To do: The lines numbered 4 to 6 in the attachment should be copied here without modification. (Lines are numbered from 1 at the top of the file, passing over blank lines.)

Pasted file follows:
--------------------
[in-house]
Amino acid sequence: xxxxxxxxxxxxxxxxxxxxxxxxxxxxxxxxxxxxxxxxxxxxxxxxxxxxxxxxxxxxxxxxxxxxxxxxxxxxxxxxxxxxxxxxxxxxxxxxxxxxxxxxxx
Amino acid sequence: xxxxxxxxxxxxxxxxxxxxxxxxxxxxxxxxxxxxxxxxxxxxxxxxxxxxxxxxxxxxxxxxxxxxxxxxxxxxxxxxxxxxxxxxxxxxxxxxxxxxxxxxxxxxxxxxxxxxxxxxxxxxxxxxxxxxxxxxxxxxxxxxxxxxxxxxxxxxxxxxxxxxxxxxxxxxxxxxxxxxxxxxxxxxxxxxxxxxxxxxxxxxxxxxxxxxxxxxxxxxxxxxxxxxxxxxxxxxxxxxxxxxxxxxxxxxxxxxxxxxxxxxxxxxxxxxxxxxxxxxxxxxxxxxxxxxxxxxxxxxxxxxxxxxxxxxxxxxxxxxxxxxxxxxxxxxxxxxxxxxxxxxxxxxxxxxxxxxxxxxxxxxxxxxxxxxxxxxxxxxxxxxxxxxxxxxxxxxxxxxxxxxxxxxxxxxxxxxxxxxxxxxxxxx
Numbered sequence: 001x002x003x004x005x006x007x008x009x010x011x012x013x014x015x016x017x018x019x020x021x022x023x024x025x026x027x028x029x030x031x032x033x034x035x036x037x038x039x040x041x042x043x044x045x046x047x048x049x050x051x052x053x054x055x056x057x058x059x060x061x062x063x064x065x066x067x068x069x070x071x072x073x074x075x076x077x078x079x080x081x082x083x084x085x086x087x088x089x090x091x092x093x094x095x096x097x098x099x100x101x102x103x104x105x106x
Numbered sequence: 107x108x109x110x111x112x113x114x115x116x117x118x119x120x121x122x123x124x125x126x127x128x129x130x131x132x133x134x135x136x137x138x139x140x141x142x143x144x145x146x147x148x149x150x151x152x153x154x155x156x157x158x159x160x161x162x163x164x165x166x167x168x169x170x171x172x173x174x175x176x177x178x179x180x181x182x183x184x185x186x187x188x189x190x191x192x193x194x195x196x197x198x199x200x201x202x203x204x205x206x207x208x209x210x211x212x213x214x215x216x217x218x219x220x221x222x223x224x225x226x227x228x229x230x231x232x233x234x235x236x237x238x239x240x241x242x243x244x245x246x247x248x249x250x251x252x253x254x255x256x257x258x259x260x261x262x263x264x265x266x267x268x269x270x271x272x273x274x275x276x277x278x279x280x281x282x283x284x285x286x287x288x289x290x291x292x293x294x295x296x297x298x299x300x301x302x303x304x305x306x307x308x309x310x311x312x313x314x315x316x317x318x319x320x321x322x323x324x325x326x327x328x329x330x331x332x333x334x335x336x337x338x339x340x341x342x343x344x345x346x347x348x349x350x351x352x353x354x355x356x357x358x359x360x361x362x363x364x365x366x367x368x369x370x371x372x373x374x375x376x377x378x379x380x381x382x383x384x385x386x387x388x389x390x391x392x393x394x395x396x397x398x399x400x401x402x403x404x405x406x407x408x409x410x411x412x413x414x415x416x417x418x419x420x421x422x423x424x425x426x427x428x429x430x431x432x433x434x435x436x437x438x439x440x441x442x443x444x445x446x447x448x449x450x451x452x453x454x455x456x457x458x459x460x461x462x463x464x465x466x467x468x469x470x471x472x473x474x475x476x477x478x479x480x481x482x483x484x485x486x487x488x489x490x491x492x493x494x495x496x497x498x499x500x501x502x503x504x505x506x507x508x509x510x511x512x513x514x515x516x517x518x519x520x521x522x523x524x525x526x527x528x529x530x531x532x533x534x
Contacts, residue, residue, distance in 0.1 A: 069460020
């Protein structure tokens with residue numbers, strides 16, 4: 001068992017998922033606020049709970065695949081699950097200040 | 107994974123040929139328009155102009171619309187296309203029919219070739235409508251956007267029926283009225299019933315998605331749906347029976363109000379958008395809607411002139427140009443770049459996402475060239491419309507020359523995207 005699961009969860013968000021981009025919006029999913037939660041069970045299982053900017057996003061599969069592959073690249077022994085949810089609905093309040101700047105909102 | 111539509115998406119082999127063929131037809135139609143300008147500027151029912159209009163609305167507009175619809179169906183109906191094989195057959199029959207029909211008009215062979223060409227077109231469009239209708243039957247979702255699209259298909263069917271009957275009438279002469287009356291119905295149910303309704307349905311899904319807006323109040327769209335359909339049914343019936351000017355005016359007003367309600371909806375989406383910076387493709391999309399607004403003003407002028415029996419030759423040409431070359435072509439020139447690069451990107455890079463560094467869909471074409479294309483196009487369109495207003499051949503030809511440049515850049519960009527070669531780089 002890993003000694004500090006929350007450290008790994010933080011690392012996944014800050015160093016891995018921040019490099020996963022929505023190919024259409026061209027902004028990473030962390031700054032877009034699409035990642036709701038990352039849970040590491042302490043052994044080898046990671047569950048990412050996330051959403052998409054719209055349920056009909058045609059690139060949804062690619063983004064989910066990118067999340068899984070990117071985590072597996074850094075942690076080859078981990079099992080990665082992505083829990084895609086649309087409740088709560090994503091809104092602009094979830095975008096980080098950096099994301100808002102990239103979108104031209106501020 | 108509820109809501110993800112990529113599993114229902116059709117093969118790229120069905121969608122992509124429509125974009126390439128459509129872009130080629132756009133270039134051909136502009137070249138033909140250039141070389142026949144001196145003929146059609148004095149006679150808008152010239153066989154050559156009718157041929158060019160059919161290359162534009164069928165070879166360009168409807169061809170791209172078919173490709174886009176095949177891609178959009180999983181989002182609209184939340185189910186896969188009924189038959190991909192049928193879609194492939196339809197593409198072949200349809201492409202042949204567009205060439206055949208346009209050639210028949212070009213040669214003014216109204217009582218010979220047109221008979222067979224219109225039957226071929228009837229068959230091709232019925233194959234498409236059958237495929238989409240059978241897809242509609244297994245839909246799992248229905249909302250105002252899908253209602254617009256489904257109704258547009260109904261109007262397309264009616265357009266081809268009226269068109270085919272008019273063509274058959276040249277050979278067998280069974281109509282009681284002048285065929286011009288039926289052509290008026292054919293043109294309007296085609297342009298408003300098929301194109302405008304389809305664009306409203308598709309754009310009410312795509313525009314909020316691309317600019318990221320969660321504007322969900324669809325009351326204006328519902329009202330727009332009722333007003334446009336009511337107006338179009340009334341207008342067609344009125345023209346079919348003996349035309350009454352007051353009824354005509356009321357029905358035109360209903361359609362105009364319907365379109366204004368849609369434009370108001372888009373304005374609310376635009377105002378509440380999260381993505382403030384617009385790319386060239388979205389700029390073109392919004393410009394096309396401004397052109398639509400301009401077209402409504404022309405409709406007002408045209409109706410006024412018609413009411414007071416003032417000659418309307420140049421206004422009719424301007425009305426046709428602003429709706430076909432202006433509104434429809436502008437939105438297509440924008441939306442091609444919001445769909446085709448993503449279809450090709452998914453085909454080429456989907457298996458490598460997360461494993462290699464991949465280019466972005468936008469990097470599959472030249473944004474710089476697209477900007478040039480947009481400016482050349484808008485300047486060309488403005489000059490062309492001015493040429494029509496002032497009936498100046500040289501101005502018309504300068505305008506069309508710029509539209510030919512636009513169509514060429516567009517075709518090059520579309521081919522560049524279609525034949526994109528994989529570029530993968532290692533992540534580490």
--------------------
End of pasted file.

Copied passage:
Numbered sequence: 001x002x003x004x005x006x007x008x009x010x011x012x013x014x015x016x017x018x019x020x021x022x023x024x025x026x027x028x029x030x031x032x033x034x035x036x037x038x039x040x041x042x043x044x045x046x047x048x049x050x051x052x053x054x055x056x057x058x059x060x061x062x063x064x065x066x067x068x069x070x071x072x073x074x075x076x077x078x079x080x081x082x083x084x085x086x087x088x089x090x091x092x093x094x095x096x097x098x099x100x101x102x103x104x105x106x
Numbered sequence: 107x108x109x110x111x112x113x114x115x116x117x118x119x120x121x122x123x124x125x126x127x128x129x130x131x132x133x134x135x136x137x138x139x140x141x142x143x144x145x146x147x148x149x150x151x152x153x154x155x156x157x158x159x160x161x162x163x164x165x166x167x168x169x170x171x172x173x174x175x176x177x178x179x180x181x182x183x184x185x186x187x188x189x190x191x192x193x194x195x196x197x198x199x200x201x202x203x204x205x206x207x208x209x210x211x212x213x214x215x216x217x218x219x220x221x222x223x224x225x226x227x228x229x230x231x232x233x234x235x236x237x238x239x240x241x242x243x244x245x246x247x248x249x250x251x252x253x254x255x256x257x258x259x260x261x262x263x264x265x266x267x268x269x270x271x272x273x274x275x276x277x278x279x280x281x282x283x284x285x286x287x288x289x290x291x292x293x294x295x296x297x298x299x300x301x302x303x304x305x306x307x308x309x310x311x312x313x314x315x316x317x318x319x320x321x322x323x324x325x326x327x328x329x330x331x332x333x334x335x336x337x338x339x340x341x342x343x344x345x346x347x348x349x350x351x352x353x354x355x356x357x358x359x360x361x362x363x364x365x366x367x368x369x370x371x372x373x374x375x376x377x378x379x380x381x382x383x384x385x386x387x388x389x390x391x392x393x394x395x396x397x398x399x400x401x402x403x404x405x406x407x408x409x410x411x412x413x414x415x416x417x418x419x420x421x422x423x424x425x426x427x428x429x430x431x432x433x434x435x436x437x438x439x440x441x442x443x444x445x446x447x448x449x450x451x452x453x454x455x456x457x458x459x460x461x462x463x464x465x466x467x468x469x470x471x472x473x474x475x476x477x478x479x480x481x482x483x484x485x486x487x488x489x490x491x492x493x494x495x496x497x498x499x500x501x502x503x504x505x506x507x508x509x510x511x512x513x514x515x516x517x518x519x520x521x522x523x524x525x526x527x528x529x530x531x532x533x534x
Contacts, residue, residue, distance in 0.1 A: 069460020